Thursday, March 31, 2011

We Can't Predict Earthquakes

Scientific American has a guest blog post by Dr. Christie Rowe, Earthquake triggering, and why we don't know where the next big one will strike. It's mostly calling bullshit on a Newsweek article.

"The Newsweek article argues that the relatively small but very damaging Christchurch, New Zealand earthquake of February 22, 2011, the very large Chilean earthquake of Feburary 27, 2010 and the recent great earthquake in Japan constitute 'triggering events' around the Pacific Plate, stating, 'That leaves just one corner unaffected—the northeast. And the fault line in the northeast of the Pacific Plate is the San Andreas Fault, underpinning the city of San Francisco.' After this geographical error, Mr. Winchester states that the stresses around the San Andreas have built to 'barely tolerable levels' and that a triggering event is required to set off a great quake.

Mr. Winchester, a well-known author of several popular science books on geological topics, is much better versed in the history of geological events, and much of the science around them, than most people. However, his piece in Newsweek contains wrong information, baseless predictions and an ominous tone that is more fear-mongering than warning."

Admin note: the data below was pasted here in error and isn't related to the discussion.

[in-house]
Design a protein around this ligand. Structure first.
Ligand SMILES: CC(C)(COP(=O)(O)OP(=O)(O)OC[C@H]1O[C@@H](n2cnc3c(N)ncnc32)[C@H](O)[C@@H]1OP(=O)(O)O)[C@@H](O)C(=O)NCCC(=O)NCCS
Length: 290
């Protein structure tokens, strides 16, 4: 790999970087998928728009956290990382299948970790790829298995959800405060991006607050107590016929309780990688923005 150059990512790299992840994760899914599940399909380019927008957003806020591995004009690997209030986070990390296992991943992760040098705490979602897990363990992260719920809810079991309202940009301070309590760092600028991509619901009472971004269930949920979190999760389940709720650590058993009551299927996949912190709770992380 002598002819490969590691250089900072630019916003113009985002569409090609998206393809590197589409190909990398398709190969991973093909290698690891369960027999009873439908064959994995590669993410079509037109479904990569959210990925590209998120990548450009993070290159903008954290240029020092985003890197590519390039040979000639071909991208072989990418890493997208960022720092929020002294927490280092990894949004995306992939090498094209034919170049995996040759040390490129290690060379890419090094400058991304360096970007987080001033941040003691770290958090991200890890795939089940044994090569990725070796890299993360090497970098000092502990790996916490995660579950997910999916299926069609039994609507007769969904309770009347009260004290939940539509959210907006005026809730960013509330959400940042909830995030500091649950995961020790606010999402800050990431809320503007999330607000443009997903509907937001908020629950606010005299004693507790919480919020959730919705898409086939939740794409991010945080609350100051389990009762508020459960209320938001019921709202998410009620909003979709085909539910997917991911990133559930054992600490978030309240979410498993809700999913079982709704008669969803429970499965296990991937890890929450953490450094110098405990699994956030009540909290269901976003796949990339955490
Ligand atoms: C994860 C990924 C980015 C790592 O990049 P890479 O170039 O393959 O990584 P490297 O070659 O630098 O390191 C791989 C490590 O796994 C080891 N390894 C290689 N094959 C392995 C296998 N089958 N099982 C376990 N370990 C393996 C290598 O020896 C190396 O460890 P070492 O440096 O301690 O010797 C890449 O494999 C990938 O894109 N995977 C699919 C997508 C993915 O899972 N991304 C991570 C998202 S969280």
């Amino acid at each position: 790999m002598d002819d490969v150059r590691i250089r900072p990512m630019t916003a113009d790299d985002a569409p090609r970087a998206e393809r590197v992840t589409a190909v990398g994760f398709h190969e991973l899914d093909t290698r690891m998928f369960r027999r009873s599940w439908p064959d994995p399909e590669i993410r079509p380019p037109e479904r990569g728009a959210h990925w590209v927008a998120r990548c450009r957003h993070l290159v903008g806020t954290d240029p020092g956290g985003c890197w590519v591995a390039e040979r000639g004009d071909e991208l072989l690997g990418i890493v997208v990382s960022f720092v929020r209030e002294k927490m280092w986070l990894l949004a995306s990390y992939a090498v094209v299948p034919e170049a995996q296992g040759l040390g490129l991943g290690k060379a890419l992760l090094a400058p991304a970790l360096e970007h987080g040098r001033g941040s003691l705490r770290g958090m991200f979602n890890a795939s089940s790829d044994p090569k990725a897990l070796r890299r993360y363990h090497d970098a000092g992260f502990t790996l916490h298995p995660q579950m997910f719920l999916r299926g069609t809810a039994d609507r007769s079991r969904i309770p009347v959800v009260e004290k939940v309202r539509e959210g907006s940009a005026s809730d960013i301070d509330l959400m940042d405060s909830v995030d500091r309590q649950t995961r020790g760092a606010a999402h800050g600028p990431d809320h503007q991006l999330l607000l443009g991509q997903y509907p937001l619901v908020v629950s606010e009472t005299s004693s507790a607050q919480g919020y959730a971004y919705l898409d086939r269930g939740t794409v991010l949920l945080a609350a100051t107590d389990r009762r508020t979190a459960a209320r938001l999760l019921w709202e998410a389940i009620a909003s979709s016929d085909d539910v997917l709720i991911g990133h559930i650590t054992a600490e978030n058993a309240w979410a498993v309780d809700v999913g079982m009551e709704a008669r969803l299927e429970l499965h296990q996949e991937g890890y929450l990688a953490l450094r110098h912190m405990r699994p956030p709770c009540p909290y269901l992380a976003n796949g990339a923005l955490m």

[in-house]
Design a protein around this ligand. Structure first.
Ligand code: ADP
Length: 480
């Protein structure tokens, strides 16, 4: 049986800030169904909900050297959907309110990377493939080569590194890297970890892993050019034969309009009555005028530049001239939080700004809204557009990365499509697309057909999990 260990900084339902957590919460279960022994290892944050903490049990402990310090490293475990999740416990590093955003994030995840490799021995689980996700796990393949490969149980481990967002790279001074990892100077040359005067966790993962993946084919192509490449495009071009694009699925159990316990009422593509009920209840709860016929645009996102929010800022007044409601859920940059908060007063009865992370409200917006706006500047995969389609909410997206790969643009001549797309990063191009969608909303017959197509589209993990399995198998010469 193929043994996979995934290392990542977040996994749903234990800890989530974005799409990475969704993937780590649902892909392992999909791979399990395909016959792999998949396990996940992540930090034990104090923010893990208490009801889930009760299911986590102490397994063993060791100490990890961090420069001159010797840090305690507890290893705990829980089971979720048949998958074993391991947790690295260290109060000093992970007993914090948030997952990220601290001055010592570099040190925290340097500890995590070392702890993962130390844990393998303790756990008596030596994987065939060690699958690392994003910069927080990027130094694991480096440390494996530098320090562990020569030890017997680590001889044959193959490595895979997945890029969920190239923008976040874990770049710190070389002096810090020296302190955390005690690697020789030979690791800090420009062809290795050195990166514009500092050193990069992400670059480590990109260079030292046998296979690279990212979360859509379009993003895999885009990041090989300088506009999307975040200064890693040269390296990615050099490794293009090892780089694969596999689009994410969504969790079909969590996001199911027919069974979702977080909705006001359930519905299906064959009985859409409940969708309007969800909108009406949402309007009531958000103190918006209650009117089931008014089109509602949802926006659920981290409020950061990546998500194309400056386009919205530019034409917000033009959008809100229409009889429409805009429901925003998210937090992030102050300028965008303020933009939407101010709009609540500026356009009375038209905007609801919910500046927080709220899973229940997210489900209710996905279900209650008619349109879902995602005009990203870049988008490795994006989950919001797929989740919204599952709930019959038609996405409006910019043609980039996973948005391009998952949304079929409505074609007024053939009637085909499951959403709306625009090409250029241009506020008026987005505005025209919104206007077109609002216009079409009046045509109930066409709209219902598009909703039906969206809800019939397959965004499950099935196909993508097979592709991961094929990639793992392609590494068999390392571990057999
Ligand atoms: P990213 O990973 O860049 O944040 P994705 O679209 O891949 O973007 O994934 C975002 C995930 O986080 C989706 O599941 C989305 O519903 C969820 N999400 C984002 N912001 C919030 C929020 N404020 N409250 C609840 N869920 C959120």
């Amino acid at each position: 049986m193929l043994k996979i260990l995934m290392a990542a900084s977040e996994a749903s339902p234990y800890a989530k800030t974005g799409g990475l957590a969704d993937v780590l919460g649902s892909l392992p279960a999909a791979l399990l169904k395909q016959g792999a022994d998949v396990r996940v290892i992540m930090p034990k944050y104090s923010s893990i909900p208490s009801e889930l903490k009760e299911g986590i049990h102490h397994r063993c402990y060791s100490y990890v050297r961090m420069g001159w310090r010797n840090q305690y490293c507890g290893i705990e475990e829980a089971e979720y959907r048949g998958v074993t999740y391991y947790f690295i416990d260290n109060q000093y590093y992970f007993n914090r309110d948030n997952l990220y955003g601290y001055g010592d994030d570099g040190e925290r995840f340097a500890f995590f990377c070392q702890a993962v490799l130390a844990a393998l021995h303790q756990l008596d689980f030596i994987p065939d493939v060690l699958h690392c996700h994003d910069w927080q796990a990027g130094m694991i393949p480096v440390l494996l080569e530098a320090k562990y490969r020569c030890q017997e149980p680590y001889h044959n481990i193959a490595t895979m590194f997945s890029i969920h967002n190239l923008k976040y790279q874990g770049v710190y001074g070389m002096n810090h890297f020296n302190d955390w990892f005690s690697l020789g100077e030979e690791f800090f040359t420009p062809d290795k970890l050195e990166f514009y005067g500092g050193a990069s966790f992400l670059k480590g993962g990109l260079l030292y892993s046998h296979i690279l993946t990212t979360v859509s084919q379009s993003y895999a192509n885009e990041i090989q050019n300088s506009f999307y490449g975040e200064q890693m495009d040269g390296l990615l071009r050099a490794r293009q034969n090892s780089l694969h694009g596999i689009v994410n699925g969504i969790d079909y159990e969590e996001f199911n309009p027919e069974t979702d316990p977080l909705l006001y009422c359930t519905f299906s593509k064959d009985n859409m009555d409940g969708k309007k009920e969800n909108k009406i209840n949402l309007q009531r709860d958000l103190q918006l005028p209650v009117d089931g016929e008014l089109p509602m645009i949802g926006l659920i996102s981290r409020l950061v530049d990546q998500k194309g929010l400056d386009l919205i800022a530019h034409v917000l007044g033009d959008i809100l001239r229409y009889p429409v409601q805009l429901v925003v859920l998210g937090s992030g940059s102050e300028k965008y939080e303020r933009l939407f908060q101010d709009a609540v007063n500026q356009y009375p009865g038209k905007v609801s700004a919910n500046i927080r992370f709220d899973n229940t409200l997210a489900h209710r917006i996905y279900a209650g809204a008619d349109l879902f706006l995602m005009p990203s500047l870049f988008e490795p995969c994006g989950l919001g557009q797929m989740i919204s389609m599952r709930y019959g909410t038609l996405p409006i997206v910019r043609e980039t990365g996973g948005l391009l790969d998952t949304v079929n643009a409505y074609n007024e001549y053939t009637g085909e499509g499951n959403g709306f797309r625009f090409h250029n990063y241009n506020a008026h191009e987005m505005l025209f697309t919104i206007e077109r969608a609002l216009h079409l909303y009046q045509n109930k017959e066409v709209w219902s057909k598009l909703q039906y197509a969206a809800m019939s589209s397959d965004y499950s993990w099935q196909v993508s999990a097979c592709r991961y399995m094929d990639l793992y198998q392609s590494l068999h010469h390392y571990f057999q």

1 comment:

Richard said...

He made the graph I was going to make of the earthquakes of magnitude 8 or greater from USGS data which relieves some of my frustration with this topic.

I have actually met Simon Winchester and gotten his autograph. I like his books, but it saddens me that he has jumped on the hype bandwagon and is plugging pseudoscience. I wonder if he knows how his credibility has been damaged with this article.